Jandali, who is still alive, is now on his fourth marriage. During a 2011 interview, published by Ya Libnan - a Lebanese website – Jandali talked about his children: "Steve is my biological son, but I didn't bring him up, and he has a family that adopted him. So if it's said that I'm the 'father of invention', then that's because my biological son is a genius and my daughter a brilliant writer."
I thank God for my success in life, but I'm no inventor….I'm proud of my son and his accomplishments, and of my work. Of course I made mistakes, and if I could go back in time I would have put some things right. I would have been closer to my son, but all's well that ends well. Steve Jobs is one of the most successful people in America, and Mona is a successful academic and novelist," he added.
Discussion about Steve Jobs half-Syrian ancestry
A report published by Raheem Kassam (apparently from a "muslim" family) Editor of the right wing Breitbart news site in December 2015 says that Steve Jobs should not simply be described as being "Syrian". In the aftermath of the Paris atrocities Debbie Dingle, a Michigan Congresswoman, appeared on Fox News declaring 'Steve Jobs is a Syrian.'
Raheem Kassam former closest adviser to Nigel Farage leader of the right wing United Kingdom Independence Party had the following to say: "Obviously, that's a massive fib, and a 'racist' one too, as Ms Dingell's assertion relies on forcing the children of immigrants to maintain their parents' country of origin as a national identifier. It also flies in the face of the ideas of integration and assimilation."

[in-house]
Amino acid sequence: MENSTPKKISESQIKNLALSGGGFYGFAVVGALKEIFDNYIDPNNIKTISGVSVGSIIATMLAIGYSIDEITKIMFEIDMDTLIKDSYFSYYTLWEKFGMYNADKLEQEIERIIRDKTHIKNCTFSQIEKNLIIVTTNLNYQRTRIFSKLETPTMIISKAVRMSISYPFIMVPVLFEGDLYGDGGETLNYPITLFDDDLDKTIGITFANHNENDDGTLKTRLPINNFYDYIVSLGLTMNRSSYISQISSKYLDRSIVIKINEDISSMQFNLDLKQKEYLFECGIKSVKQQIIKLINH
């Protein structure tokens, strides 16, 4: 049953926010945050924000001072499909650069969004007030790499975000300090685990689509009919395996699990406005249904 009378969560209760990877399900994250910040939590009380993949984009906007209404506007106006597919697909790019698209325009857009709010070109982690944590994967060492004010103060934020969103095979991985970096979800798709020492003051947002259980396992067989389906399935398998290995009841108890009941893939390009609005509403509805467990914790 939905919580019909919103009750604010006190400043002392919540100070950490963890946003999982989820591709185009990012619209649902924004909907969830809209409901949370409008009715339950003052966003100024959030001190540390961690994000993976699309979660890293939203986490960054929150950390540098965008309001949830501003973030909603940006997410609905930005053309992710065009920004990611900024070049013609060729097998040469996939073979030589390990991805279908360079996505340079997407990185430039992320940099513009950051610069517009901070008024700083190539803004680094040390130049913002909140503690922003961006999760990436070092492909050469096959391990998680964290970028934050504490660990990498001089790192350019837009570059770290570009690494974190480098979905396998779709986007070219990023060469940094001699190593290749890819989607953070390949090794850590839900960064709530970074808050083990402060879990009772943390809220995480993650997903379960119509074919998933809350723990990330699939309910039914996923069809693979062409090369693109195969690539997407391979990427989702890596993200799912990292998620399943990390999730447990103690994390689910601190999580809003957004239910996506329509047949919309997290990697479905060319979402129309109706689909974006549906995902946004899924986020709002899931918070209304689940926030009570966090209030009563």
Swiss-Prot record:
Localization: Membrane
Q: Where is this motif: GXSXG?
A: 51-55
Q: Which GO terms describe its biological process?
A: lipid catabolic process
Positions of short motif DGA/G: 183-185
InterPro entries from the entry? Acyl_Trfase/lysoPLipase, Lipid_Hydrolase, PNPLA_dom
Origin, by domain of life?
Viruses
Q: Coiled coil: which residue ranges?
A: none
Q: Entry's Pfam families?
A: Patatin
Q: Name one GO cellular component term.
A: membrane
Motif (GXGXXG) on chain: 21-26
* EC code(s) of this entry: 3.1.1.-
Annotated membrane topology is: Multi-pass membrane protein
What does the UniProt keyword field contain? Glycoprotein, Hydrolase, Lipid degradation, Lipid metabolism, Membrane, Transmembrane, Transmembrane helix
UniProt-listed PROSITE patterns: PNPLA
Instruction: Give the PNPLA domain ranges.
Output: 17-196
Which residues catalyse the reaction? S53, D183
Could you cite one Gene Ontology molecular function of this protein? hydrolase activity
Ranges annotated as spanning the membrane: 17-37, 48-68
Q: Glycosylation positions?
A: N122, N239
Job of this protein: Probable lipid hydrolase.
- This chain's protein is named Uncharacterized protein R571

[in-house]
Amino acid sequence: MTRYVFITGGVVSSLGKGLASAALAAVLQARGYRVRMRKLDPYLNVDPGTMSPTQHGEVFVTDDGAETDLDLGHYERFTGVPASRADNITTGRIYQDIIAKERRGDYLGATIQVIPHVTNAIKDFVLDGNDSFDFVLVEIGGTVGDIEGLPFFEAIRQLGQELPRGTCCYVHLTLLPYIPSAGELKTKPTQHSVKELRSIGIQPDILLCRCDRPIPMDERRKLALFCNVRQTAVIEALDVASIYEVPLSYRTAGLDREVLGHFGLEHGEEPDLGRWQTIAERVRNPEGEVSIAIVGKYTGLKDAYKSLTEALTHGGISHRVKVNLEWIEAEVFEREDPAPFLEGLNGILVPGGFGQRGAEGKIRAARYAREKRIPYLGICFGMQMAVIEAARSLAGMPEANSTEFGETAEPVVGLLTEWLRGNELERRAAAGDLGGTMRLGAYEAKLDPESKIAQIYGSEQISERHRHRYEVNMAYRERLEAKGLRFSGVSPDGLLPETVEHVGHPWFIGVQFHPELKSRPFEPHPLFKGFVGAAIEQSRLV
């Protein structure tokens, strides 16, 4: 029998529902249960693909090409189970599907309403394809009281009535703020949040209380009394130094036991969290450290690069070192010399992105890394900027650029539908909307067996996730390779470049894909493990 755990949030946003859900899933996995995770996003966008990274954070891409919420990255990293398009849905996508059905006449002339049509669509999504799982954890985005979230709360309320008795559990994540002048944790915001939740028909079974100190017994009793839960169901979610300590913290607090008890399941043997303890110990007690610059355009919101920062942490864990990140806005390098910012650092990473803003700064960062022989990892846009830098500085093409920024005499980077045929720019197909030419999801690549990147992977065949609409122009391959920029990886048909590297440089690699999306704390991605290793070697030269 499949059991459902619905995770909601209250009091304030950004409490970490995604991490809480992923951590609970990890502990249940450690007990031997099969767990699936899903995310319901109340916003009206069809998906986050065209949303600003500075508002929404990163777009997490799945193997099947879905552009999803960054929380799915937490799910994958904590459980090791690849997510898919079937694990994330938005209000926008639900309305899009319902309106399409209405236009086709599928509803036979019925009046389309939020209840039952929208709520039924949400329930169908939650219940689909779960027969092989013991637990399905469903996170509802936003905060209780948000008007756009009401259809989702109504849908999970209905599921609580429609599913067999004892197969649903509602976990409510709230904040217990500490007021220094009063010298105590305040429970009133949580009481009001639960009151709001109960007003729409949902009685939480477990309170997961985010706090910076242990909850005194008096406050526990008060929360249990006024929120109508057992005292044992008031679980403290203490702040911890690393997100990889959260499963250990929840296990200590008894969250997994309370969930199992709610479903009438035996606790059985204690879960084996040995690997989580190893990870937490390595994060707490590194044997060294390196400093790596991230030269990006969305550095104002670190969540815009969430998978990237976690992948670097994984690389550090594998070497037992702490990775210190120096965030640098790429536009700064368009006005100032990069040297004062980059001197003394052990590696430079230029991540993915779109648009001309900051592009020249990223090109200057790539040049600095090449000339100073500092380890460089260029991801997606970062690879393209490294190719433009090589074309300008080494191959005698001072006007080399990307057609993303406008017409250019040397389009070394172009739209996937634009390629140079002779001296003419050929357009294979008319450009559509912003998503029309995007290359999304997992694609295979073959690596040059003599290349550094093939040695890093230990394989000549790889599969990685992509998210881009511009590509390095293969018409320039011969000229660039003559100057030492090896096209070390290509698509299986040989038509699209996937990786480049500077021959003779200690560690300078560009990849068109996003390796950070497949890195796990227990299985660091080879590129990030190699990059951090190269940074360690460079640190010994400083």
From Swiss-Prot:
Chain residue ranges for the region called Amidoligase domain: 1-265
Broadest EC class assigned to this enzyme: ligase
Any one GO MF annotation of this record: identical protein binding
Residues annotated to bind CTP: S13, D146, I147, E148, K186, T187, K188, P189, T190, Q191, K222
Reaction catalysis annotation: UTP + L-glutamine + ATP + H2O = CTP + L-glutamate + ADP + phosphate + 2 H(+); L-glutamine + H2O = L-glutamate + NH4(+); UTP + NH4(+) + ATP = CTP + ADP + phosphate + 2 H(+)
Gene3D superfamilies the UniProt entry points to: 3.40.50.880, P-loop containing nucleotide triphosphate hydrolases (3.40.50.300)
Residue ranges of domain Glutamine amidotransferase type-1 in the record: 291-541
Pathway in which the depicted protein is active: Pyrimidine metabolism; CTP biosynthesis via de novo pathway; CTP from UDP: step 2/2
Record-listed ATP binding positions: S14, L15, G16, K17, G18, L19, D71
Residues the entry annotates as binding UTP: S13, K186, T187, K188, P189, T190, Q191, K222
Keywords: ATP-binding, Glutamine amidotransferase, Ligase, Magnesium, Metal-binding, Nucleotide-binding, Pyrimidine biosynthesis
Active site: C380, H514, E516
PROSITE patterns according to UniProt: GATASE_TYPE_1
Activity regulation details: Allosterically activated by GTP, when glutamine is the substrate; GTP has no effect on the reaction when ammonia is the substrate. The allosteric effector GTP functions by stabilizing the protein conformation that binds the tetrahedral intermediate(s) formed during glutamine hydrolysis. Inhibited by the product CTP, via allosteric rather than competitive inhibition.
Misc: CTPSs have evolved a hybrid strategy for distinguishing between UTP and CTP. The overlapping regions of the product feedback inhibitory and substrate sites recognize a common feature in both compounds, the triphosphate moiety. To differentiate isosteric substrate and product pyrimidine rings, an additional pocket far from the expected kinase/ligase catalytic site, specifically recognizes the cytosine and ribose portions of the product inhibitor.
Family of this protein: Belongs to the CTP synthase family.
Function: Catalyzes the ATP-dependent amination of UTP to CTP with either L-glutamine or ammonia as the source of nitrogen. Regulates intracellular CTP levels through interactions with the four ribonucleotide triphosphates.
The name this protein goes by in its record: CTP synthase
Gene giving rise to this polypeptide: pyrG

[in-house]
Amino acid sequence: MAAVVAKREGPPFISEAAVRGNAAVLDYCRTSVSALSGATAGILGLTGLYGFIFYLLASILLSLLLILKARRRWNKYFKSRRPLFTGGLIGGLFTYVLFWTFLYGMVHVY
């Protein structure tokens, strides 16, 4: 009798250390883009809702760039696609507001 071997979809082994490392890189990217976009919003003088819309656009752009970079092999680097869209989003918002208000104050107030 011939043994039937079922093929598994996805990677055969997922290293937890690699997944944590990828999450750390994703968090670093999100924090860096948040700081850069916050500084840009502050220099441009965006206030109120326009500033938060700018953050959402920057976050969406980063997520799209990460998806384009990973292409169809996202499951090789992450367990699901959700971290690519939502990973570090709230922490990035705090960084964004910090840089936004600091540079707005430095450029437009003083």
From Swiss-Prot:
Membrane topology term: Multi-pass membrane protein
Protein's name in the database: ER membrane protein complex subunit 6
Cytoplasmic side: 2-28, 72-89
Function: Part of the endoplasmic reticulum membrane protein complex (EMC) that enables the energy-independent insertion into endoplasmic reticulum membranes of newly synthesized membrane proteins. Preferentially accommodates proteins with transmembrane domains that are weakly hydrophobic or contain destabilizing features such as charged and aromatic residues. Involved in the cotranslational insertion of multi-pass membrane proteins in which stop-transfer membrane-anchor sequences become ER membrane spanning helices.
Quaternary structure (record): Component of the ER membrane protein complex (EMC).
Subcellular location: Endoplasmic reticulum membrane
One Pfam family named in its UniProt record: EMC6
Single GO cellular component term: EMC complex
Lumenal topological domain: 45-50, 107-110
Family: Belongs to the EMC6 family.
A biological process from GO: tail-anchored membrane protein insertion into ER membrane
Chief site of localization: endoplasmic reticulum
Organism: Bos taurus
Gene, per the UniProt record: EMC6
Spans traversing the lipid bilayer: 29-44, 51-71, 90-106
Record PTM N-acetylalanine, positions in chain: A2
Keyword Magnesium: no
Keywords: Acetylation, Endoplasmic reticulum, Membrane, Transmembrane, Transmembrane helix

There seems to be some disagreement as to whether Steve Jobs' father was a refugee or simply an immigrant. It seems that Abdulfattah "John" Jandali who had been studying in Beirut in the Lebanon left because it was unsafe for him to stay there. It seems that he then entered the US on some type of visa legally, but not as a refugee. Perhaps this does not really matter that much.
According to Mr Kassam writing for Breitbart, Jandali was 'an economic migrant – not a refugee – evidenced by the fact that he later returned to Syria with the intent of joining the country's diplomatic corps. And he was an economic migrant at a time when net migration into the United States stood at around 250,000 people a year. Today you're looking at around 1 million people a year – and that's just legal immigration.'
Steve Jobs might never have existed if abortion was legal in 1950s
Steve Jobs was born in San Francisco, USA to a Syrian muslim father and a German-Swiss mother Joanne Schieble whose family was catholic. In the 1980s Jobs hired a private detective to find his birth mother Joanne Schieble which he eventually did. He had the following to say:
"I wanted to meet [her] mostly to see if she was OK and to thank her, because I'm glad I didn't end up as an abortion," he said. "She was 23 and she went through a lot to have me."
If abortion had been legal in the 1950s, the Apple magnate might never have been born, perhaps leaving the world without iPhones, iPads and the MacBook
Steve Jobs, son of a muslim Syrian immigrant along with Apple co-founder, Steve Wozniak, are responsible for much of the mobile technology we use today. In fact, as of January 2016, 1 billion Apple devices were in active use worldwide, a legacy left by Jobs that will long be remembered.